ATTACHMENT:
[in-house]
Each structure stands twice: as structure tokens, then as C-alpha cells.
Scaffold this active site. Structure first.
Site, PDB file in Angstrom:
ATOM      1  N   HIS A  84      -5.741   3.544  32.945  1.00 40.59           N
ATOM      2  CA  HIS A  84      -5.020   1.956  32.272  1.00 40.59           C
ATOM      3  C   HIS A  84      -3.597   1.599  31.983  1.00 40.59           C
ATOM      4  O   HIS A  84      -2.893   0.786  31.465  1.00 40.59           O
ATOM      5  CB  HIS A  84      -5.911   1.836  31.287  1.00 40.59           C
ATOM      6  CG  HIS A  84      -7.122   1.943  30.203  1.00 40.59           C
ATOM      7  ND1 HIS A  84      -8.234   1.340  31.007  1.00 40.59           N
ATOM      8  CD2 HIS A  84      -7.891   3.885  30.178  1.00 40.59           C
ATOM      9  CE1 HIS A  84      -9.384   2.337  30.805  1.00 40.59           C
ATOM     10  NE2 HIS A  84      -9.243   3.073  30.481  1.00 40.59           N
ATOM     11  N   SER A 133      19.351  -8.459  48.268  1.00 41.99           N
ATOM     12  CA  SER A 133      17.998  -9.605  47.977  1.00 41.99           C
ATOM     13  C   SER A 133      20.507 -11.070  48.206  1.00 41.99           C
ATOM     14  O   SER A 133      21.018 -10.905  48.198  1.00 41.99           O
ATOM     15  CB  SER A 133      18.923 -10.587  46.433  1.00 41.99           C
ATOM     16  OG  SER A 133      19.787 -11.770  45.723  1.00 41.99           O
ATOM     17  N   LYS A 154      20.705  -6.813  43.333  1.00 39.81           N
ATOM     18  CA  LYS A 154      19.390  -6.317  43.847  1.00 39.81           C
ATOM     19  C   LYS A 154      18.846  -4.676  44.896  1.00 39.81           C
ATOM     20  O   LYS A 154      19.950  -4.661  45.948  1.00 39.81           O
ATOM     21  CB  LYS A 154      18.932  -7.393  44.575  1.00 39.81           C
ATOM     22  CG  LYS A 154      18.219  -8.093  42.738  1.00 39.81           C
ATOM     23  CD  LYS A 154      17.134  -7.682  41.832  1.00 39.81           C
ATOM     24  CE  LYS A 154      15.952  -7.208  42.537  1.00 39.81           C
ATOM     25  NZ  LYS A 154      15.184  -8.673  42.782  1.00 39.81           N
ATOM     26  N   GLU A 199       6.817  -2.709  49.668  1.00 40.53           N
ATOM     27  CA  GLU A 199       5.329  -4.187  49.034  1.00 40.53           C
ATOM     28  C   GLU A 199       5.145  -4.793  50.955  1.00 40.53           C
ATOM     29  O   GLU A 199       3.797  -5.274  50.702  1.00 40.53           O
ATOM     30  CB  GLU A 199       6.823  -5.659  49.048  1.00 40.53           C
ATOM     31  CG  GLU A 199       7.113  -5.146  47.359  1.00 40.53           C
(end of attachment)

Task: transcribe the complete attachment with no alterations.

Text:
[in-house]
Each structure stands twice: as structure tokens, then as C-alpha cells.
Scaffold this active site. Structure first.
Site, PDB file in Angstrom:
ATOM      1  N   HIS A  84      -5.741   3.544  32.945  1.00 40.59           N
ATOM      2  CA  HIS A  84      -5.020   1.956  32.272  1.00 40.59           C
ATOM      3  C   HIS A  84      -3.597   1.599  31.983  1.00 40.59           C
ATOM      4  O   HIS A  84      -2.893   0.786  31.465  1.00 40.59           O
ATOM      5  CB  HIS A  84      -5.911   1.836  31.287  1.00 40.59           C
ATOM      6  CG  HIS A  84      -7.122   1.943  30.203  1.00 40.59           C
ATOM      7  ND1 HIS A  84      -8.234   1.340  31.007  1.00 40.59           N
ATOM      8  CD2 HIS A  84      -7.891   3.885  30.178  1.00 40.59           C
ATOM      9  CE1 HIS A  84      -9.384   2.337  30.805  1.00 40.59           C
ATOM     10  NE2 HIS A  84      -9.243   3.073  30.481  1.00 40.59           N
ATOM     11  N   SER A 133      19.351  -8.459  48.268  1.00 41.99           N
ATOM     12  CA  SER A 133      17.998  -9.605  47.977  1.00 41.99           C
ATOM     13  C   SER A 133      20.507 -11.070  48.206  1.00 41.99           C
ATOM     14  O   SER A 133      21.018 -10.905  48.198  1.00 41.99           O
ATOM     15  CB  SER A 133      18.923 -10.587  46.433  1.00 41.99           C
ATOM     16  OG  SER A 133      19.787 -11.770  45.723  1.00 41.99           O
ATOM     17  N   LYS A 154      20.705  -6.813  43.333  1.00 39.81           N
ATOM     18  CA  LYS A 154      19.390  -6.317  43.847  1.00 39.81           C
ATOM     19  C   LYS A 154      18.846  -4.676  44.896  1.00 39.81           C
ATOM     20  O   LYS A 154      19.950  -4.661  45.948  1.00 39.81           O
ATOM     21  CB  LYS A 154      18.932  -7.393  44.575  1.00 39.81           C
ATOM     22  CG  LYS A 154      18.219  -8.093  42.738  1.00 39.81           C
ATOM     23  CD  LYS A 154      17.134  -7.682  41.832  1.00 39.81           C
ATOM     24  CE  LYS A 154      15.952  -7.208  42.537  1.00 39.81           C
ATOM     25  NZ  LYS A 154      15.184  -8.673  42.782  1.00 39.81           N
ATOM     26  N   GLU A 199       6.817  -2.709  49.668  1.00 40.53           N
ATOM     27  CA  GLU A 199       5.329  -4.187  49.034  1.00 40.53           C
ATOM     28  C   GLU A 199       5.145  -4.793  50.955  1.00 40.53           C
ATOM     29  O   GLU A 199       3.797  -5.274  50.702  1.00 40.53           O
ATOM     30  CB  GLU A 199       6.823  -5.659  49.048  1.00 40.53           C
ATOM     31  CG  GLU A 199       7.113  -5.146  47.359  1.00 40.53           C